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Group One
In & Out of Studio 3D
Sunday, 28 April 2019
Learning Semi-Script Lettering
Topic: Bible Journaling

This series on progressive lettering styles is coming right along! This part of the series is focused on moving into semi-script.

The remarkable thing about today’s practice word is how unremarkable it is! In fact, it looks pretty much like it was written from last week’s lesson on italics.

 

However, note that the tail on the ‘e’ is just a little longer and the base of the ‘w’ is now round instead of coming to two points. The whole word is just a little more relaxed.

 

Consider it like the difference between these two typefaces:   Hebrews and Hebrews

 

Tomorrow we’ll see the many other changes that transform this style.



Although very similar to the italic oval print, the semi-script introduces little curled tails at the end of letters that would normally end on the baseline.

 

These letters do NOT connect to one another in their application which is why it is only a semi-script and not a script. But those tails actually make the letters faster to write as they help the letters to flow together and they make the text to enhance the feeling of the words being cohesive elements.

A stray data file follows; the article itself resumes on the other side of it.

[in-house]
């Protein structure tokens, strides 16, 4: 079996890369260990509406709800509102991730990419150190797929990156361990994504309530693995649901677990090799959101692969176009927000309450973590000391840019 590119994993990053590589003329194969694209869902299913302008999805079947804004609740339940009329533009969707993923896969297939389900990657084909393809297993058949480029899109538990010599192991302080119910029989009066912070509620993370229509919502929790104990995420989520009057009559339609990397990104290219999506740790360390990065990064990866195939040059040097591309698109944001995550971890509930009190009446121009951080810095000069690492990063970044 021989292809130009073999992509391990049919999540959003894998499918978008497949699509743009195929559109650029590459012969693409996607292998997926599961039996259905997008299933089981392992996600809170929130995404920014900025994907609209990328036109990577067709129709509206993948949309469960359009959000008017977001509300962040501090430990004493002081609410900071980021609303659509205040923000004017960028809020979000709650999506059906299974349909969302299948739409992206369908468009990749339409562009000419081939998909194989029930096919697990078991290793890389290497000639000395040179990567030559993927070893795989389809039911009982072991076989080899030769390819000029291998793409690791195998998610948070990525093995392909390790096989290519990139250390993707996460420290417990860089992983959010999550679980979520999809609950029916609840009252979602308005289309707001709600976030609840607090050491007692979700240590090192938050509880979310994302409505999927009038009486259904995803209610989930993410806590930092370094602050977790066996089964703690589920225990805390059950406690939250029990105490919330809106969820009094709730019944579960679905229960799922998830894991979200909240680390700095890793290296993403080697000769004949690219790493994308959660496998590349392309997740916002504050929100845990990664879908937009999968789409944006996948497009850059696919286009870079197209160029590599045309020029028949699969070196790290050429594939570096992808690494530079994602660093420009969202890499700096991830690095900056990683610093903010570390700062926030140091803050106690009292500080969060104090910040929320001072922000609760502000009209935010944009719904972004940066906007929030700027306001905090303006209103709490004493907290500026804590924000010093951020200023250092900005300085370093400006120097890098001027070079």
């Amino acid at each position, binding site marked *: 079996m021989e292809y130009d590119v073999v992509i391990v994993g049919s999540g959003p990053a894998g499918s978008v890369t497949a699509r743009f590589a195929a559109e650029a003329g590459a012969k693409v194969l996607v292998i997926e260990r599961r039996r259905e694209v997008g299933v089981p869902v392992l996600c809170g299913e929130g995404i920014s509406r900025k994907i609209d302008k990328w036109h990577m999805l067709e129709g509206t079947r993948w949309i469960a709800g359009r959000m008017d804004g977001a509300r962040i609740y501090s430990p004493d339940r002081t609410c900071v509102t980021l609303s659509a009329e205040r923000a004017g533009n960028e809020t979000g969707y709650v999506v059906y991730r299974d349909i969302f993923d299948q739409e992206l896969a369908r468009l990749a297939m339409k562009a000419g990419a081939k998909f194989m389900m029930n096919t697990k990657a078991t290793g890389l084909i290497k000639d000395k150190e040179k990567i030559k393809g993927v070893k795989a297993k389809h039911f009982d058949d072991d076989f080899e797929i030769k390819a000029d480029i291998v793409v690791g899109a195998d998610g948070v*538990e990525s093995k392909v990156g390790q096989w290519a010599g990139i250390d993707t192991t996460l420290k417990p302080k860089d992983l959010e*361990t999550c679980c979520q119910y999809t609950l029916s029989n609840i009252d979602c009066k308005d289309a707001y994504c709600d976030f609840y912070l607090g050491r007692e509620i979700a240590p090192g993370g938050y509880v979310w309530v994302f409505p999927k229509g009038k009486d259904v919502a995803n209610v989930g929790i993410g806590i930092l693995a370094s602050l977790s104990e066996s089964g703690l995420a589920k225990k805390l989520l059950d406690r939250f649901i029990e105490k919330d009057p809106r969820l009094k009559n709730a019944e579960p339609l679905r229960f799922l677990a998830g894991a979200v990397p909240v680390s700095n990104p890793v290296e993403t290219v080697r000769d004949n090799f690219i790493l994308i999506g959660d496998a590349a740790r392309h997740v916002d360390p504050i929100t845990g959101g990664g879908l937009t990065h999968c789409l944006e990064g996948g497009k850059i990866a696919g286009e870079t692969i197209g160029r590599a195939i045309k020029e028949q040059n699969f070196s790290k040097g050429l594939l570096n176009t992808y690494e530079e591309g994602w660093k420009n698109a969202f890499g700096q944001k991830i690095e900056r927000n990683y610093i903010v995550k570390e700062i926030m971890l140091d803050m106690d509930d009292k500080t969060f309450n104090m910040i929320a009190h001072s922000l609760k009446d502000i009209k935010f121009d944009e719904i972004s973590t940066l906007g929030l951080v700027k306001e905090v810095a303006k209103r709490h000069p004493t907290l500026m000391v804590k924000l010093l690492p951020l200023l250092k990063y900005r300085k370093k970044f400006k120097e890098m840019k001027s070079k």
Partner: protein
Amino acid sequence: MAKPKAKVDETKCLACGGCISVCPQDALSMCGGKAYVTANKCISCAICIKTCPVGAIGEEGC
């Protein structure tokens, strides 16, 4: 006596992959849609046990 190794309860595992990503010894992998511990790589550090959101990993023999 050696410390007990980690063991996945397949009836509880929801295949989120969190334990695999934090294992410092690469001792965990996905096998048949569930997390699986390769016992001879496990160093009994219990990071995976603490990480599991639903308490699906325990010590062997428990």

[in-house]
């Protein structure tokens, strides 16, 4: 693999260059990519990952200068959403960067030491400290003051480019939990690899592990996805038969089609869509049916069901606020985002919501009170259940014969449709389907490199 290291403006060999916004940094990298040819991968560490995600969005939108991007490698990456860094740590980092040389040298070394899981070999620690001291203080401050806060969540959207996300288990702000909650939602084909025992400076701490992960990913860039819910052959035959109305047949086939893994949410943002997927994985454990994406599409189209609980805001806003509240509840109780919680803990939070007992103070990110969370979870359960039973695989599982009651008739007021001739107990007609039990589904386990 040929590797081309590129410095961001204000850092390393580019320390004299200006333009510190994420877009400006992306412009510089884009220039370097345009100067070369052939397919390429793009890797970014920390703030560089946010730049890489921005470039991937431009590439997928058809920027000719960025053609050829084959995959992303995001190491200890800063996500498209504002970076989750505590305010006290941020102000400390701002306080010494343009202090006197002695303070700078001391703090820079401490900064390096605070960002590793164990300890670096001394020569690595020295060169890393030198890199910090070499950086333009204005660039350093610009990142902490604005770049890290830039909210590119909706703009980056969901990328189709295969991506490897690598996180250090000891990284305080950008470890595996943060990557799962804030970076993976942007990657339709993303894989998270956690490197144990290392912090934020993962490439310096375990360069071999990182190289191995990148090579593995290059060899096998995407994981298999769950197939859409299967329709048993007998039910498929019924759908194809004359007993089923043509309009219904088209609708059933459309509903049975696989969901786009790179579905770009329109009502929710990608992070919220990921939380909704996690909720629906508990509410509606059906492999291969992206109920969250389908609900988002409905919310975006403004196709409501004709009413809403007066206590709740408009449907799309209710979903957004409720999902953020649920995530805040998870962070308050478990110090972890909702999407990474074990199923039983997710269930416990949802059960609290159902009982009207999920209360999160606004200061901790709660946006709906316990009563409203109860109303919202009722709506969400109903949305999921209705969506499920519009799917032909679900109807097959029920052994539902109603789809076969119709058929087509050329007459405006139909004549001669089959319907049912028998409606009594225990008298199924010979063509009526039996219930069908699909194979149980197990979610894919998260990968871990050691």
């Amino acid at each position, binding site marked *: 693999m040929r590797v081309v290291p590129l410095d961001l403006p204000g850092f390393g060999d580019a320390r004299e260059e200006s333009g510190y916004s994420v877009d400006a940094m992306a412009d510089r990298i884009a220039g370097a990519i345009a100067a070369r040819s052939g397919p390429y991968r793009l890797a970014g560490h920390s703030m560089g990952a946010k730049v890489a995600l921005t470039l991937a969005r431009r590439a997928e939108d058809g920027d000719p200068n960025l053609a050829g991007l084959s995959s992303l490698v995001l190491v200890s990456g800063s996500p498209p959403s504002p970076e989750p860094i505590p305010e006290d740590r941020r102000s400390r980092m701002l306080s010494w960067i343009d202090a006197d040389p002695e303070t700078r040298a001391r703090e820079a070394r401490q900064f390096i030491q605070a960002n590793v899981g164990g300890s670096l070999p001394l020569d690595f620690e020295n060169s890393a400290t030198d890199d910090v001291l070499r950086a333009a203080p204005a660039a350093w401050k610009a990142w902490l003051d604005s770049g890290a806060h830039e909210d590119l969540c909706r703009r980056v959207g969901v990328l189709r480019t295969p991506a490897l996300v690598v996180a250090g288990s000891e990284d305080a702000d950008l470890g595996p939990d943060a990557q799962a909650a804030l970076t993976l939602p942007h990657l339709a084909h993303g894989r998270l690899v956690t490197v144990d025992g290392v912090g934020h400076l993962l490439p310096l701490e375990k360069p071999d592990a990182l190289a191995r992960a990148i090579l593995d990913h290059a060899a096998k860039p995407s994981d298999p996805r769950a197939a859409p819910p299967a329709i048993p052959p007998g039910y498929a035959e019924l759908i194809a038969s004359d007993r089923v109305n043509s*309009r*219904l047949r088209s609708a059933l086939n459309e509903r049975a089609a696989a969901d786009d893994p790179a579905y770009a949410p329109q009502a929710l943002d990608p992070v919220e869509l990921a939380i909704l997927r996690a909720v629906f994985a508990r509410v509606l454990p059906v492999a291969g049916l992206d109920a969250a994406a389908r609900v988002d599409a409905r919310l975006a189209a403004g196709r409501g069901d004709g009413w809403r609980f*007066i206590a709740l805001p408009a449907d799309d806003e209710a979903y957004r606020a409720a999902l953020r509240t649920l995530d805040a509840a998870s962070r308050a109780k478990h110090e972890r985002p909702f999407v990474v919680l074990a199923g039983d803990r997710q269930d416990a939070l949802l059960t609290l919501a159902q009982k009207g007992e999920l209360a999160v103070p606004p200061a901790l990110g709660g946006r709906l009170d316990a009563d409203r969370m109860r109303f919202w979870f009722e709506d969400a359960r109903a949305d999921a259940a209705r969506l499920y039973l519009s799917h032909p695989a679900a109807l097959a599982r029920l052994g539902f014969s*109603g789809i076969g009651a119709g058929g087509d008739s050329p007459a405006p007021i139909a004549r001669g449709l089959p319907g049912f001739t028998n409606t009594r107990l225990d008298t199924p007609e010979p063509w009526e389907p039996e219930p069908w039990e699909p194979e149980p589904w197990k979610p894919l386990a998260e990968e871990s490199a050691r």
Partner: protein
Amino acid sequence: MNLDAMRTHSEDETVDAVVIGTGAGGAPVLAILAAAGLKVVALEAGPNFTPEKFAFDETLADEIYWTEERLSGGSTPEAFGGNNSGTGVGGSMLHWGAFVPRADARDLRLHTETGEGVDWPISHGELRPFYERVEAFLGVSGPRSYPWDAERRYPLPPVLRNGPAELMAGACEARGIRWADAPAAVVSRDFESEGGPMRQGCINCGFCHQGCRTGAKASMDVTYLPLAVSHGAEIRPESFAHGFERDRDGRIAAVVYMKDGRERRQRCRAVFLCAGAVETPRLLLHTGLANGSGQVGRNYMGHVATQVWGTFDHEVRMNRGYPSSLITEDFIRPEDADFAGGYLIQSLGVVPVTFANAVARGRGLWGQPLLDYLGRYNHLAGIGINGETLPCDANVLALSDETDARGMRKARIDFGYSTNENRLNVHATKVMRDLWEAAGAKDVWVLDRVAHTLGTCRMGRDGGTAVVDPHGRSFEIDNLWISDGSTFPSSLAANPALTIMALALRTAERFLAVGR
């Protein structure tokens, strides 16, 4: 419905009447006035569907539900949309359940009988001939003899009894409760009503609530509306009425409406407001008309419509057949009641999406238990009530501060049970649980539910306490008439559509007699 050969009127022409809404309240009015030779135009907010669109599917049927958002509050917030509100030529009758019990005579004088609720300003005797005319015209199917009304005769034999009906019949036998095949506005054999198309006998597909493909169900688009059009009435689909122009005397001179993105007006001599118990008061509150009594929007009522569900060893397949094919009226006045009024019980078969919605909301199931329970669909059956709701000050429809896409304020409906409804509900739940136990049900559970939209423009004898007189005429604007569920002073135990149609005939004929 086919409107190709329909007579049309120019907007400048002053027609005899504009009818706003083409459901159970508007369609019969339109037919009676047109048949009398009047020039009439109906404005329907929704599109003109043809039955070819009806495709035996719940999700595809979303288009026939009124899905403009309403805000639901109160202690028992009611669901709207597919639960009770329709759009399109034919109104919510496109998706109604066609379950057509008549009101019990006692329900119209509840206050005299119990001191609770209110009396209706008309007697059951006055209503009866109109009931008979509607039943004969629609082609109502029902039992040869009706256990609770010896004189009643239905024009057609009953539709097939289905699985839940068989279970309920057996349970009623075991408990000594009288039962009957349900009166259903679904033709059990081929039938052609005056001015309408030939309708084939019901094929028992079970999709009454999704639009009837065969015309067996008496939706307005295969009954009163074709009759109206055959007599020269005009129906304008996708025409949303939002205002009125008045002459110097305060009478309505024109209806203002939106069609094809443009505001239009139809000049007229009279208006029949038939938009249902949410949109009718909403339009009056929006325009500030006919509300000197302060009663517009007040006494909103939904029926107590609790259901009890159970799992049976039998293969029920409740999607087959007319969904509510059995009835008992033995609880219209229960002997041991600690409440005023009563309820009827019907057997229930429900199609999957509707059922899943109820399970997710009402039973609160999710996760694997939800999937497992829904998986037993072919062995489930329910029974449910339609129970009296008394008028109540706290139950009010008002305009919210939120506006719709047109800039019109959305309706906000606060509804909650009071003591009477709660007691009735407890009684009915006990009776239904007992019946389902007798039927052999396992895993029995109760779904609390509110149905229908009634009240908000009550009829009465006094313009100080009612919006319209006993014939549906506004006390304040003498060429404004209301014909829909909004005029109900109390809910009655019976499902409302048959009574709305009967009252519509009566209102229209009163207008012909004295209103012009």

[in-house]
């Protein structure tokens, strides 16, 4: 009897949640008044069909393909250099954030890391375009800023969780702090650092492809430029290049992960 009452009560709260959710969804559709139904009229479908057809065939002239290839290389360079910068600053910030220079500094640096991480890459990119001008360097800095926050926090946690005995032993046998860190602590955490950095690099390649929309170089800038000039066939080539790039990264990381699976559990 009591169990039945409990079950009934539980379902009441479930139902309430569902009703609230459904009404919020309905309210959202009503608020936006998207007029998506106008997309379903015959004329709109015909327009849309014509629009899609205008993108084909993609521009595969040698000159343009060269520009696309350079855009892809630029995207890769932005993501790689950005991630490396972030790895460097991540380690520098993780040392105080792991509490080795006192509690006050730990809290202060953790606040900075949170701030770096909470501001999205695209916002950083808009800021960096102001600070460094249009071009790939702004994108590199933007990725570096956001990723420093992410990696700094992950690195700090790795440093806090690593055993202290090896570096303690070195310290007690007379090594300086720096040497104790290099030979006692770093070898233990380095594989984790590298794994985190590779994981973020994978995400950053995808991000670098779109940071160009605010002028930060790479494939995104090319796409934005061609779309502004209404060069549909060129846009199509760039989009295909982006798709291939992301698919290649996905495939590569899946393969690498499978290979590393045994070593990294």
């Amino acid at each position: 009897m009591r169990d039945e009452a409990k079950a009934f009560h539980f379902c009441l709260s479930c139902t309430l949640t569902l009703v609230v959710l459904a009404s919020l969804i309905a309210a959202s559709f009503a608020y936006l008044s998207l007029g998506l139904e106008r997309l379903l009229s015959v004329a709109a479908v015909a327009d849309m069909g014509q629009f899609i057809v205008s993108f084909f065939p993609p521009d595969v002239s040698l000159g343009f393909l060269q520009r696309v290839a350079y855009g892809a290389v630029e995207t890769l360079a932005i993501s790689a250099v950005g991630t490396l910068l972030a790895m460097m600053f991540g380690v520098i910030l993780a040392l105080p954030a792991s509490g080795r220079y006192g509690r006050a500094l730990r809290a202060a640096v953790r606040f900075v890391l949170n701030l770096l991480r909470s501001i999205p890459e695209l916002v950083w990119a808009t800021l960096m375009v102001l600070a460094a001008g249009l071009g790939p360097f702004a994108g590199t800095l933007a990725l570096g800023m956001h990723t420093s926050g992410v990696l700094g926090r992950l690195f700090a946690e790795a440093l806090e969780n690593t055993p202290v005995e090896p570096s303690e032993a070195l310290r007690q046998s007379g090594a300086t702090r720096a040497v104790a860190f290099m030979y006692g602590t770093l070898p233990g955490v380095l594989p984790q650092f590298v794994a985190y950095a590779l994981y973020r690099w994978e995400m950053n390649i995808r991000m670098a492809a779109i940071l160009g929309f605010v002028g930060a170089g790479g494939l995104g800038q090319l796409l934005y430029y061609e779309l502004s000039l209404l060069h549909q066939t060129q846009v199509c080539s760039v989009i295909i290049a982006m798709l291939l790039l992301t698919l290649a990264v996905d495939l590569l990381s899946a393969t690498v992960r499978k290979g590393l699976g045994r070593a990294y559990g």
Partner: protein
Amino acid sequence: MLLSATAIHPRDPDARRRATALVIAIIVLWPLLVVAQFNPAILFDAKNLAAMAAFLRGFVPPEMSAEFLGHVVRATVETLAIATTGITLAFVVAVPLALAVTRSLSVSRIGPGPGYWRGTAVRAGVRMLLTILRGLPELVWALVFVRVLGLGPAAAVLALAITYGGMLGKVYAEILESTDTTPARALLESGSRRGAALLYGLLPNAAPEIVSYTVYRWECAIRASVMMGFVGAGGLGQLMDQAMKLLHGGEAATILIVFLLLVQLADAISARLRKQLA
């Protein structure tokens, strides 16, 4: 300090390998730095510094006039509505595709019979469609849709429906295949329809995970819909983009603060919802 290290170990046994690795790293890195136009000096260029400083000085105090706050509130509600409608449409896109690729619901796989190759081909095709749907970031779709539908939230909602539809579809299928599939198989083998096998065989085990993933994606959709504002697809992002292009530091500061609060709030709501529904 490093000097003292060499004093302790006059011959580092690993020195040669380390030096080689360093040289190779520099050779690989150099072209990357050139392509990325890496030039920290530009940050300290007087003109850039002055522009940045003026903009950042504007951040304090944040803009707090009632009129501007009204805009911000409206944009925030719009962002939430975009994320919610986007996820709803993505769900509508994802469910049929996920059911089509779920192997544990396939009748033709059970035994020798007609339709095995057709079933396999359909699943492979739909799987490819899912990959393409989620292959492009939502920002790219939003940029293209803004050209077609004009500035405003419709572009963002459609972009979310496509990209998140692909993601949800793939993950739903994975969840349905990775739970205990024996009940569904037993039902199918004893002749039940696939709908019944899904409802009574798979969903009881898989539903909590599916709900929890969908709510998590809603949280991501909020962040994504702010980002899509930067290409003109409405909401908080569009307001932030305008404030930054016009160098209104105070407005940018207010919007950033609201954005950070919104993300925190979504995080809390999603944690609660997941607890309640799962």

Today we are using the same upper-case as for the italics.



Today you can practice an alternative upper-case for the semi-script. These are more in keeping with the flowing style that allows you to make the letter forms more quickly.

 

Notice the trailing tails on the ‘A’, ‘E’, ‘L’, ‘Q’, ‘R’, ‘U’ and ‘Z’.

 



Let’s put it all together – The alternative upper-case, the italic slant, the trailing tails. But remember, we are NOT connecting out letters together.

 

Practice by writing out a block of text. I used Hebrews 4:16.

 

It is more difficult to write in this particular scale (3 units) as it is hard to keep the x-height consistently falling between those dotted lines. If this is an issue for you, consider penciling in a straight line using a ruler to establish your x-height.

 



This style of print is what my children learned in school instead of basic printing. The teachers felt it would be an easier transformation into cursive for them. In the long run, it did not make their handwriting any more readable than those children who learned standard print and then cursive! But it does make for a very nice print that reads more attractively than a rigid standard print.

 

Remember, we still always work in pencil first to establish our letter size and shapes as well as spacing. Then we ink over our letters, making corrections as desired. When the ink is dry, we erase the pencil.

 

On work such as this blank page, 1) the lettering can be written on graph or dot grid paper and traced 2) guidelines can be drawn on the page with a ruler and pencil to guide the lettering or 3) use the ghost of the printing on the following page to serve as your guidelines (this is what I did).


I love this lettering style!

Ddd

 


Posted by studio3d@ccgmail.net at 9:27 PM PDT

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